LONG DAY'S JOURNEY INTO NIGHT at Rochester Community Players
The past weighs on our present, impacting our future. At the heart of a story about addiction, shame, loss, and regret, Long Day's Journey Into Night is really a story about the baggage we carry and how we let it dictate our lives and relationships. It's Eugene O'Neill's opus, and it's been brought to life by the Rochester Community Players.
Long Day's Journey Into Night is, of course, O'Neill's semi-autobiographical 1941 play which is commonly considered to be his finest work, and one of the 20th century's most important pieces of theatre; as Director Jean Gordon Ryon wrote in her show notes, many consider O'Neill the creator of modern American drama.
The play spends one day and night with the dysfunctional Tyrone family. Mary Tyrone (Judy McCaffrey) is an unstable mother addicted to morphine that recalls moments of her life in the past to escape from her reality. The Irish patriarch James Tyrone (Bill Alden) is a cheap and alcoholic man and former matinee idol, who feels vastly unfulfilled after a career of being pigeonholed into one role. The older son Jamie Tyrone (Bill McDonough) is an alcoholic idle man that loves and envies his brother and is blamed by his mother for the death of his younger brother. Edmund Tyrone (Ged Owen) is an aspiring writer that has consumption (tuberculosis) and tried to commit suicide. Throughout the course of the play, the Tyrones grapple with the morphine addiction of Mary, the illness of Edmund, and the alcoholism of Jamie. As day turns into night, guilt, anger, despair, and regret threaten to destroy the family.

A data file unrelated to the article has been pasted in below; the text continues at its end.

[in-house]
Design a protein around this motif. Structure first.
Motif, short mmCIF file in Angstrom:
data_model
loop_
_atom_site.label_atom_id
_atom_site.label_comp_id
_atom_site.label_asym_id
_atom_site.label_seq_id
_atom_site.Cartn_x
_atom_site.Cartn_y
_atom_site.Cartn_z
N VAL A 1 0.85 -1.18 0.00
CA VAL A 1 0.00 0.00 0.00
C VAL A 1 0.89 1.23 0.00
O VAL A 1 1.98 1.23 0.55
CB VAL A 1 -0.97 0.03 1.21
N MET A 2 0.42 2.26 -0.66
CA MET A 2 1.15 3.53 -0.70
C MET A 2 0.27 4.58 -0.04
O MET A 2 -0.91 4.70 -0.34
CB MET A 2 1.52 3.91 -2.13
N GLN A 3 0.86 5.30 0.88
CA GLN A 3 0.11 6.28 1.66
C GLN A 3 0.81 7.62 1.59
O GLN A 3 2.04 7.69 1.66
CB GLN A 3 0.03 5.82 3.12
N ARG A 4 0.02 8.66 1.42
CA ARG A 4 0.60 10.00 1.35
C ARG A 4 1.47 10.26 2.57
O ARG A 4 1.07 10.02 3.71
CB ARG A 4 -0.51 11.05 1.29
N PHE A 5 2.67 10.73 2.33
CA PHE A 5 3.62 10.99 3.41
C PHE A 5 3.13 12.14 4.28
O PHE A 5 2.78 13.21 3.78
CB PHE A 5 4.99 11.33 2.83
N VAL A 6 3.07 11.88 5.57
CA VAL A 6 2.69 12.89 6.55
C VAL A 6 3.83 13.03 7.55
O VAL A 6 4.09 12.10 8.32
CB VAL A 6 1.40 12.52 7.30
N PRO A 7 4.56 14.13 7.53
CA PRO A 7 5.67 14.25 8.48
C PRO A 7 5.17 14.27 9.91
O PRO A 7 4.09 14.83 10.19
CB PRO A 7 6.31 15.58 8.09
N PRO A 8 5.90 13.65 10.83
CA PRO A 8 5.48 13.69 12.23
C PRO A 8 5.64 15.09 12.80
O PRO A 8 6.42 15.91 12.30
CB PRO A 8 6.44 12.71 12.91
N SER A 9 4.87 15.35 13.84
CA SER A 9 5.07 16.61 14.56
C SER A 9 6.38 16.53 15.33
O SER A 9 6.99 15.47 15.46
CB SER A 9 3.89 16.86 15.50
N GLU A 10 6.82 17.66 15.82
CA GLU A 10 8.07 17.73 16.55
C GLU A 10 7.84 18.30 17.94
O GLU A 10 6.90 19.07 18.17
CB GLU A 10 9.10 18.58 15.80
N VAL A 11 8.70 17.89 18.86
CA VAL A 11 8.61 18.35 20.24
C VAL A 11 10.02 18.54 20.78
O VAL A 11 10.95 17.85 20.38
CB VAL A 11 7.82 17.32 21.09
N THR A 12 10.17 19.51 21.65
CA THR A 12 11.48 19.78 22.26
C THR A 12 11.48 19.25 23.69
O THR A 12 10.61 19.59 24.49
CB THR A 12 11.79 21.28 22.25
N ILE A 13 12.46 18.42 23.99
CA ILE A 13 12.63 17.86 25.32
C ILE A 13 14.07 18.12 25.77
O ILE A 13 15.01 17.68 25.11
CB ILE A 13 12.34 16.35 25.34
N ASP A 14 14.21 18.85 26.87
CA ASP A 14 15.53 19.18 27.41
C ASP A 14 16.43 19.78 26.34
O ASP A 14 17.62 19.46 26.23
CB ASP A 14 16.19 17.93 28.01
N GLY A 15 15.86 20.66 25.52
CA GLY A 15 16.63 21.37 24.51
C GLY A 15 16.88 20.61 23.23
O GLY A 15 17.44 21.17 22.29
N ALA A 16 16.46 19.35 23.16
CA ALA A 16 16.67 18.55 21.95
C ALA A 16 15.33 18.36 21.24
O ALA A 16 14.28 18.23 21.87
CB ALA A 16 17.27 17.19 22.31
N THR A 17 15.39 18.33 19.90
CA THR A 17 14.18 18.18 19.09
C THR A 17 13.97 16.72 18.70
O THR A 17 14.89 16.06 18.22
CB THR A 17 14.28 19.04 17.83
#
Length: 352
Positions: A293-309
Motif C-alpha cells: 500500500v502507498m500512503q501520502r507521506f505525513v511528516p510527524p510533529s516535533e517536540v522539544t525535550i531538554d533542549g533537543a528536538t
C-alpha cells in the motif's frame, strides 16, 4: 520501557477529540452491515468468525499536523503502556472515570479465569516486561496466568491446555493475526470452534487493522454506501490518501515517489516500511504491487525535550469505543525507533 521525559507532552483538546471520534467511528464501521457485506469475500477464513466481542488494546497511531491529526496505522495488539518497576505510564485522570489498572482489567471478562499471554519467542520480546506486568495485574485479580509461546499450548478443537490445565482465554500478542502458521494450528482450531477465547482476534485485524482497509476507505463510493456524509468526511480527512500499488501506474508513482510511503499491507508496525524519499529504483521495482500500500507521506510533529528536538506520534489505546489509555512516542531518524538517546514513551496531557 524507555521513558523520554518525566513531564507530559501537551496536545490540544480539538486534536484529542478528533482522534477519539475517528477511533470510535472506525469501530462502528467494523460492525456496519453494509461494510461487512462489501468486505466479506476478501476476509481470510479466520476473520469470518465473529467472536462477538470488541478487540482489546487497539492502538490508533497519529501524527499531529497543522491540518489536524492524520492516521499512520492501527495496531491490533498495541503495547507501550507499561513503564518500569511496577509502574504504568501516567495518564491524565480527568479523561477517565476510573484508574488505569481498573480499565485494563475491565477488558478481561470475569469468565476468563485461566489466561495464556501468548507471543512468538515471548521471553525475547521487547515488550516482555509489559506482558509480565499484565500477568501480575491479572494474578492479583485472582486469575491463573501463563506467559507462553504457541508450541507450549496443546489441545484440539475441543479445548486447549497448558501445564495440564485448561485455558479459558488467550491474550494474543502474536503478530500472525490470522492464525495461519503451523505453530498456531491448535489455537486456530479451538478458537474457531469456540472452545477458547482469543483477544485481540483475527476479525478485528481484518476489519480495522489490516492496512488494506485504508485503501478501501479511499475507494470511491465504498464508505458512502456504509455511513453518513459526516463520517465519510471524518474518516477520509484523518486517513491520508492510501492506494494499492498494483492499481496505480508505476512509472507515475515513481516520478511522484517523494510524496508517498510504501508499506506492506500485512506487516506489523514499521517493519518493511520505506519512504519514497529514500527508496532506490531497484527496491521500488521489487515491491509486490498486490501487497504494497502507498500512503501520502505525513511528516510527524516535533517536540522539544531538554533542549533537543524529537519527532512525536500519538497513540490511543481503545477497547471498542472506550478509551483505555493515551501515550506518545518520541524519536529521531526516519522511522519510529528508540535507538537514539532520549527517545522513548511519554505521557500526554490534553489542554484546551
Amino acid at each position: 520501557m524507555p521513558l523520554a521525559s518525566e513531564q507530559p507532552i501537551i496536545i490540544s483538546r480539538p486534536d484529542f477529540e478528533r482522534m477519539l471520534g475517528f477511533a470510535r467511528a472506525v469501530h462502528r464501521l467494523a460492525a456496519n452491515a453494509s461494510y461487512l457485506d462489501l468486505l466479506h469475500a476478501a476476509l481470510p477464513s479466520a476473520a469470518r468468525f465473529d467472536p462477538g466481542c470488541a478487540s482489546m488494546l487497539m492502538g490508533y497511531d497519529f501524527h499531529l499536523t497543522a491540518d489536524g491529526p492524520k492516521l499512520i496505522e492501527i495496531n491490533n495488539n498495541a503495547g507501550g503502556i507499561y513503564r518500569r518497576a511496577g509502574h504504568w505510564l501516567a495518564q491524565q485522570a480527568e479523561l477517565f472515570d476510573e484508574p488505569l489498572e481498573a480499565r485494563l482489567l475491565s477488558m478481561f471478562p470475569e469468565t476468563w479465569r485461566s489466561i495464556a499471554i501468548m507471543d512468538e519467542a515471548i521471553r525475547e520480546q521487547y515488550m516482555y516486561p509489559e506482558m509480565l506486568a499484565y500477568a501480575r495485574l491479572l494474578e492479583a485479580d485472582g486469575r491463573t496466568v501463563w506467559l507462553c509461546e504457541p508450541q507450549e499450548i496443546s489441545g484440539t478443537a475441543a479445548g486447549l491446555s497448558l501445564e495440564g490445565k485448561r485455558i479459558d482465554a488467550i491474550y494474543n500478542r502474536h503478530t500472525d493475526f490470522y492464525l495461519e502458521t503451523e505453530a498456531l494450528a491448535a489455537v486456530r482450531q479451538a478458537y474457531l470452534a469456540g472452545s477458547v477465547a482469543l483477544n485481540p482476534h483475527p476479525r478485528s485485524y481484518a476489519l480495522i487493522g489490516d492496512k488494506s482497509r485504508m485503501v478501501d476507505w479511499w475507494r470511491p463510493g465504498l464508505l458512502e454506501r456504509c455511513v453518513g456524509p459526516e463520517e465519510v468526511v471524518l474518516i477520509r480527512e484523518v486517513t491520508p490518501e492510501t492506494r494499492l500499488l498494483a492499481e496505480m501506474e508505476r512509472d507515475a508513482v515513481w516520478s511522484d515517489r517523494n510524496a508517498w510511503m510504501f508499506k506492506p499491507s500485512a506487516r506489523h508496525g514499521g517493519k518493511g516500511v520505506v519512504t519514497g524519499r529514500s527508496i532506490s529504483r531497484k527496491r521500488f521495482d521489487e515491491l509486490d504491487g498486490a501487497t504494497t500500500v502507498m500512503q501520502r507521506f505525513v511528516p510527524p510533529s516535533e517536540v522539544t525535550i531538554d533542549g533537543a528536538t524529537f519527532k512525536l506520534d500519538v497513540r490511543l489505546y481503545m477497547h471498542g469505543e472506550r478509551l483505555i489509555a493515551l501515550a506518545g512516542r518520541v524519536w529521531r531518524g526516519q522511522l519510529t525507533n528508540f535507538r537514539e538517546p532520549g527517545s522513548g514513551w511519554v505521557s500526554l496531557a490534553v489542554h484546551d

To say that LDJIN doesn't make for a light, frothy night at the theatre is a colossal understatement. It runs at a whopping three and a half hours, has two intermissions, and traverses the full spectrum of human grief and misery (not unlike Eugene O'Neill's real life, as Ryon summarizes in her show notes). Given all that, it's understandable that not many community theatre groups try and tackle it; why not stick to Little Shop of Horrors or Waiting for Godot, fun stuff that puts butts in seats? Because Ryon and her ensemble are clearly capable of much more than that, as they demonstrate with this fine production of one of the American theatre canon's heaviest undertakings.
McDonough and Owen prove that they're up to the task of brothers Jamie and Edmund, two young men at war with their demons, and at times each other. In particular, both shine in Act IV as Edmund and James drink and play cards deep into the night as they wait for Jamie to arrive back home from a night of debauchery. The closing chapter of the play is intense and personal, thanks to the talent of these two young actors.
Alden's James Tyrone is a troubled, multi-faceted man burdened by his past, who alternates between rage and outpourings of love at the flick of a switch throughout this marathon of a play. Alden is dynamic and boisterous, and was an excellent choice to play the patriarch of the Tyrone family.
The standout, as is the case in many productions of this iconic play, is Mary Tyrone, brought to life with vivacity by Judy McCaffrey. Mary Tyrone is a well of sadness shrouded in a cloud (or to keep with the metaphor used throughout the play, a fog) of addiction who, like her husband, fluctuates between laughter and joy, bitterness and hostility. It's one of American theatre's heaviest roles, and McCaffrey is quite up to the task.
Rochester Community Players' production of Long Days Journey Into Night is a dark and brutally honest look into the inner-workings of a family plagued with grief, loss and resentment. It's playing at Rochester's MuCCC (Multi-Use Community Cultural Center) for one more weekend, ending on April 20th. For tickets and more information, click here.